Made up of over 6,800 islands and located in the Pacific Ocean, Japan is a mystical country in East Asia that expertly blends the traditional with the modern and futuristic. This fascinating region is home to snow-capped Mt. Fuji, world-class cuisine, vibrant fashion, and eccentric culture. From towering and glittering skyscrapers in the heart of bustling Tokyo to the still ponds and pristine gardens surrounding some of the most well-known ancient temples and pagodas, Japan impresses all travelers alike.
Tokyo, Japan's capital city, illustrates a cohesive blend of towering skyscrapers and ancient temples. Locals and travelers can find numerous art galleries and museums, historical gardens and shrines, an abundance of nightlife, and cutting-edge technology within this city. Additionally, Tokyo is known for some of the best Japanese food in Japan and even contains over 230 Michelin-starred restaurants -- more than any other city! One landmark that will catch your attention is the Tokyo Skytree, the tallest tower in the world, jutting into the sky at over 2,000 ft. high! Take a step back in time as you visit Tokyo's oldest and most famous temple, Sensoji, and the Imperial Palace and its lush gardens.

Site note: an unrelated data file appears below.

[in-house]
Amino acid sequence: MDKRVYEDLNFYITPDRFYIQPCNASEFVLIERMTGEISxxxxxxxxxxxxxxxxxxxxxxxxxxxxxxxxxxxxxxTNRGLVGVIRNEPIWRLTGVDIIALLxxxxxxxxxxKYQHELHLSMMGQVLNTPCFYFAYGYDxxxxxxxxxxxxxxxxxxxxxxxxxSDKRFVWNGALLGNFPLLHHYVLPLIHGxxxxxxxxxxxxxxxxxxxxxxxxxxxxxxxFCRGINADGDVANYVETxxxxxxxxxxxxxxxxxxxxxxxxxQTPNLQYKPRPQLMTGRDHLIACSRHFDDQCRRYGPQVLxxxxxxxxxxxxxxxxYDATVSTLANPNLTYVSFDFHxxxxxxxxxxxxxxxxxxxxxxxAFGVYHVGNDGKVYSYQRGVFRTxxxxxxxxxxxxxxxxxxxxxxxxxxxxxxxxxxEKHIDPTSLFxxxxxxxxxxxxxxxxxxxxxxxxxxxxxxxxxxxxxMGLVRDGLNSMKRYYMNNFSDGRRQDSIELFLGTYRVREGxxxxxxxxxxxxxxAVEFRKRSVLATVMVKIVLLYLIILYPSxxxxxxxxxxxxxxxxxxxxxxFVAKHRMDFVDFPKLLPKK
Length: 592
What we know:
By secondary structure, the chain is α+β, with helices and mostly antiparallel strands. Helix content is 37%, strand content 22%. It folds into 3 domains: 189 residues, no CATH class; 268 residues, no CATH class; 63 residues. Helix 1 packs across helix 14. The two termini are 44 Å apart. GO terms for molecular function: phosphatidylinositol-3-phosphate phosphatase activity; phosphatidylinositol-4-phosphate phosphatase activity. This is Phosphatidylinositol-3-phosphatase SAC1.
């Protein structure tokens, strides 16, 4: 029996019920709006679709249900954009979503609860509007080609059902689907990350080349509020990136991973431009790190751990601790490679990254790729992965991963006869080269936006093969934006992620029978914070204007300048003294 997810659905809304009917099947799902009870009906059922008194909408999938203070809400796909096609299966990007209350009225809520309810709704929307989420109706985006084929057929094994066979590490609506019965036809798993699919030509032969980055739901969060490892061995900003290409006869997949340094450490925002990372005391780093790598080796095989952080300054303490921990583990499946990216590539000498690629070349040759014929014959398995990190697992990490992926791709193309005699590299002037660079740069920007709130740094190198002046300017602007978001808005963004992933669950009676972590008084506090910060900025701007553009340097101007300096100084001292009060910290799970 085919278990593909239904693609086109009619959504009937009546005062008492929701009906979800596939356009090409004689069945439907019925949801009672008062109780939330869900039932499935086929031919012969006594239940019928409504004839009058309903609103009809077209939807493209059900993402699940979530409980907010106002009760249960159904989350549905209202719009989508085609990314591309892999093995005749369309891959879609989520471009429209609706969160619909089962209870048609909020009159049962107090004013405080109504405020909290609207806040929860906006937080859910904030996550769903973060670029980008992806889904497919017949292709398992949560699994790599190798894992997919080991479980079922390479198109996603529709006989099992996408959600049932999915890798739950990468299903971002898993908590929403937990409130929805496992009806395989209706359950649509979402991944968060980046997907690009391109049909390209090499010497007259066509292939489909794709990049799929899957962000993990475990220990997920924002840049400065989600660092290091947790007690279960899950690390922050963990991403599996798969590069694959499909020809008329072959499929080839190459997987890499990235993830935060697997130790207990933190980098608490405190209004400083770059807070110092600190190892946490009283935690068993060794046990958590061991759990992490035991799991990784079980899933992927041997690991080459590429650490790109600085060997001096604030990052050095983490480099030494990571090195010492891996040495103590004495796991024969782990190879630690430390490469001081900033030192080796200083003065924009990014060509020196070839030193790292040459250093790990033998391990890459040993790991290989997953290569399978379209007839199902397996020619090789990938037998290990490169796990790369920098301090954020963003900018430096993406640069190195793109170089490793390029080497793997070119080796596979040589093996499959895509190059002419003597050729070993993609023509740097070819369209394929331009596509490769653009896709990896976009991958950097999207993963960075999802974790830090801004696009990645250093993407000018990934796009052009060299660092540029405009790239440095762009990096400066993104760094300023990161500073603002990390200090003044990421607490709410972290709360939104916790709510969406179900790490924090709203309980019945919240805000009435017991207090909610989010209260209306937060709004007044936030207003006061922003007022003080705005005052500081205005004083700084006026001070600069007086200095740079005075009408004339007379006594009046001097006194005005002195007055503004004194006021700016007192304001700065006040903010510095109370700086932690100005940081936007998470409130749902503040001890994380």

- Mt. Fuji
Mt. Fuji is one of the most famous mountains in the world, sitting about 60 miles southwest of Tokyo. This famous landmark stands at an astonishing 3,776 meters and is considered one of Japan's three sacred mountains and an iconic symbol of Japan. Mt. Fuji remains one of Japan's most popular and most visited sites for both local and foreign tourists. Summit hikes on Mt. Fuji remain a prevalent activity. Over 200,000 people climb the mountain annually, typically in the summer months, and they usually start the trek at night to ascend during the sunrise (Japan is known as "the Land of the Rising Sun," so it makes sense!). Although it has not erupted since 1707, the mountain is still an active volcano today.
- Asakusa Kannon temple (Sensoji)